Awhile back I checked out the first volume of Mark Waid’s critically acclaimed Daredevil run. This week, the opportunity finally arose for me to read the second volume in this recent take on the Man Without Fear. Given the praise layered on this series I went in with high hopes for this second installment.
Matt Murdock’s life can’t ever stay quiet. During his day job he’s a lawyer constantly on the case for the down-and-out while attempting to deny he’s Daredevil, while by night he dons his red suit and works to clean up New York’s streets. Working in a city with so many superhumans is always wild, and its not long before Daredevil runs into Spiderman, Black Cat, and Mole Man throughout his adventures. Mark Waid brings a dramatic flair that sets Daredevil apart. He keeps this series balanced in terms of grittiness and humor: it never feels too campy, nor does it feel overly grim. Waid makes the reader like Matt and root for his struggles; Matt feels like a real human being, and it’s great to see a comic hero who makes mistakes. Honestly, I found the first half of this volume slow and fairly uninteresting, but the second half was strong enough to mostly redeem the writing.
Daredevil’s art is the comic’s most defining feature. Given the nature of this volume, different artists including Paolo Rivera, Emma Rios, Kano, and Khoi Pham handled pencilling duties. Surprisingly, they keep their styles fairly consistent, leading to a smooth shift in art between issues. Rivera handles the majority of the story, and his style is the one with which Daredevil has come to be associated: his varied panel layouts, portrayal of radar sense, and attention to detail works excellently. The monsters he draws in the caverns towards the end of the volume are amazing images, and part of me wishes I could put a poster of Daredevil’s underground journey on my walls. The only section of art I didn’t like was Emma Rios’s work in Amazing Spider-man #677; the character models seemed odd to me and stood out.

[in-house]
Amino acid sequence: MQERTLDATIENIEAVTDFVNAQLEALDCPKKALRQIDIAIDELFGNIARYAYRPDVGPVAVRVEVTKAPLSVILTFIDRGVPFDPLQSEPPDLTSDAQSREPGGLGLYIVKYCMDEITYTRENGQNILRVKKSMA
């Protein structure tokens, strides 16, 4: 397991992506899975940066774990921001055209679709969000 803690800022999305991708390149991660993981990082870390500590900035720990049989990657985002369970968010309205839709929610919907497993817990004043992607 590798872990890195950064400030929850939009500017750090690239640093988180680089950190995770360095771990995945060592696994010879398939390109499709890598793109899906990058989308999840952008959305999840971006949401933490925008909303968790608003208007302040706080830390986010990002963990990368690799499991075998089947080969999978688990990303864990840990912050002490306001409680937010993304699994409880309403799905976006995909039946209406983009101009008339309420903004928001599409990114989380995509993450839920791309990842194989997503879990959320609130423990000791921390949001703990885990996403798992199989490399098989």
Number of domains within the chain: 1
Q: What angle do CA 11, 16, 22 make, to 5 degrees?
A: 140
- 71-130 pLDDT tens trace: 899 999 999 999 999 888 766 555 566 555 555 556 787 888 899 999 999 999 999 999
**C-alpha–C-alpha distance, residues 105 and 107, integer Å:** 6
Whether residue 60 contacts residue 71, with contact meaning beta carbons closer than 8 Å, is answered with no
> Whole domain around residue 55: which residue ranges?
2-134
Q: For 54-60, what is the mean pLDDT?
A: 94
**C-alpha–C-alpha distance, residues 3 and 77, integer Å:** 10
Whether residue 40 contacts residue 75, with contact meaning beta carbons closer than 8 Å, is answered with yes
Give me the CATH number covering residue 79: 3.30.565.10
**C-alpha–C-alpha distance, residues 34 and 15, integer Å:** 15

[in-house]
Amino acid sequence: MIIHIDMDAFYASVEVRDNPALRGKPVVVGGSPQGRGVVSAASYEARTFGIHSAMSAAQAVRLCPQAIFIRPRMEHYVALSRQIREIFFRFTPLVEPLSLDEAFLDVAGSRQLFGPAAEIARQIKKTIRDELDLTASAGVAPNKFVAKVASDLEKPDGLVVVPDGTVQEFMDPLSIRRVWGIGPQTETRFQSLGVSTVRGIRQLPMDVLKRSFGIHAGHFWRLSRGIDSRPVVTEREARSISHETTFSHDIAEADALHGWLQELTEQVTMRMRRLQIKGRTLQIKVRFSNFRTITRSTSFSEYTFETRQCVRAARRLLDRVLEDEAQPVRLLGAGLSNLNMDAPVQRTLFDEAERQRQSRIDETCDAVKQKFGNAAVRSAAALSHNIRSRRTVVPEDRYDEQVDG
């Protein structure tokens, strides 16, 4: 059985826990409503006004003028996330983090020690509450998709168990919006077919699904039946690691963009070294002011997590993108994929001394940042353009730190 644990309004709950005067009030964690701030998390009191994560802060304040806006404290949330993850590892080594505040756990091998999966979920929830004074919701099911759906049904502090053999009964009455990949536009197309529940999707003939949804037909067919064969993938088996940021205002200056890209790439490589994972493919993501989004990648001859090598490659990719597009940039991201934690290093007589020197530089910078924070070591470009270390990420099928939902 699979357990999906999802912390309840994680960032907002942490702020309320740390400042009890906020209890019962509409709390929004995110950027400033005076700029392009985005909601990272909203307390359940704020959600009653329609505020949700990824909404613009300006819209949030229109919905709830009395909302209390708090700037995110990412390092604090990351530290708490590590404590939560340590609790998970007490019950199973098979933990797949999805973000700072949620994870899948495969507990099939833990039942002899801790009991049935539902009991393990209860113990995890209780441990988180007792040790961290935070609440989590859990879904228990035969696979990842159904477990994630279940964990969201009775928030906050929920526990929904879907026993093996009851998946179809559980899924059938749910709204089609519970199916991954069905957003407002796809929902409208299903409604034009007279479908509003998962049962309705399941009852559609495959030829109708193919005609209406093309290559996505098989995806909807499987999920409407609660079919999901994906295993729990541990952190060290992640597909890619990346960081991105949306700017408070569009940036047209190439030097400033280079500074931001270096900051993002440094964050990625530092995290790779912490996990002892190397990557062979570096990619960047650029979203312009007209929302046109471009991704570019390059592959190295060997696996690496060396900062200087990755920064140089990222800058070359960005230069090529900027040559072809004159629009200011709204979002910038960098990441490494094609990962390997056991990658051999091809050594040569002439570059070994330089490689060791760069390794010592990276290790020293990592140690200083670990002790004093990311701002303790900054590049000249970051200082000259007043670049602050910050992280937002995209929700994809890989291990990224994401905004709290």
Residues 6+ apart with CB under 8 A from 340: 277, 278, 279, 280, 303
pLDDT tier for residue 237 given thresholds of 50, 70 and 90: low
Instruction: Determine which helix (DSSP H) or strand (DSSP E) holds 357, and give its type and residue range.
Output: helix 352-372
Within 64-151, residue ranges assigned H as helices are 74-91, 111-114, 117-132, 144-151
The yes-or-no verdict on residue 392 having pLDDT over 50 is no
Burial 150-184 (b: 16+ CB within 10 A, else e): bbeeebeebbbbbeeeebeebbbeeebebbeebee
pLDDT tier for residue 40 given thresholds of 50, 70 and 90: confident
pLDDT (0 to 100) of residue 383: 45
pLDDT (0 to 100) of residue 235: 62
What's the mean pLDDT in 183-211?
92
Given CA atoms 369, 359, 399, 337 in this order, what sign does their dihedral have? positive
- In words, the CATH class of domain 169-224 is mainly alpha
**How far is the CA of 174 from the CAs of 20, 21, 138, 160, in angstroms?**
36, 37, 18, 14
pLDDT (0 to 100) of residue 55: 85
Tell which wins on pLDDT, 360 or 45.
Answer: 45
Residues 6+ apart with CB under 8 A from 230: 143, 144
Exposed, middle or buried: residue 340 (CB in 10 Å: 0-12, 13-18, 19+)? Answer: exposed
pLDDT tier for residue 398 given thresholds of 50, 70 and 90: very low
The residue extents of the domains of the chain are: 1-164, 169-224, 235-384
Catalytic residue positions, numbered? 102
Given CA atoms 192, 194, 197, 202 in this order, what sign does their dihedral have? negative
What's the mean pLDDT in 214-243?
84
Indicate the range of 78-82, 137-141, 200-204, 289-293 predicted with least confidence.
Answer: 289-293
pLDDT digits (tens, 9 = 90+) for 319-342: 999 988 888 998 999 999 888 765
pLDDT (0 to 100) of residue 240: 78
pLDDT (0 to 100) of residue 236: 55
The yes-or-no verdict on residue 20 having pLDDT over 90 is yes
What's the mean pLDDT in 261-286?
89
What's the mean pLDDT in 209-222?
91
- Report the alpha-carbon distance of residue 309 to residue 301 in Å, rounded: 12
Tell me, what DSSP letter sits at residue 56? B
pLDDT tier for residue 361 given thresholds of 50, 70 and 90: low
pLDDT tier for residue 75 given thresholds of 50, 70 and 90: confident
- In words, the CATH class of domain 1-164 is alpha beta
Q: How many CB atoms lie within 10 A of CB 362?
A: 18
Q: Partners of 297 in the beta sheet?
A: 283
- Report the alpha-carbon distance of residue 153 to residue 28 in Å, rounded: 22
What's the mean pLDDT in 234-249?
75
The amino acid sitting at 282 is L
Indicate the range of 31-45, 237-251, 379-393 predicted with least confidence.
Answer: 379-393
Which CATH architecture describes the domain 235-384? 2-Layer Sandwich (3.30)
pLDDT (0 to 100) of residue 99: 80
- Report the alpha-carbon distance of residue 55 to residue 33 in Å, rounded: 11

Daredevil Volume 2 is an enjoyable read whether you’re a big fan of the Man Without Fear or a newcomer to comics. Heck, this comic made me respect Mole Man, a comic villain who what little I knew about him made him seem lamer than Stilt-Man himself. This is a fun, high energy series that will keep you interested. It’s not the most enthralling in terms of plot, but it still is worth reading.
-superb art and creative panel layouts
-great balance of serious and hilarious moments
-best portrayal of Mole Man ever
-first half of the volume is slow
-Rios’s art is weaker than that of the other artists
Brett Simon is a twenty-three year old comic enthusiast. If there’s another Daredevil movie, he’s almost certain Waid will have some role in its creation.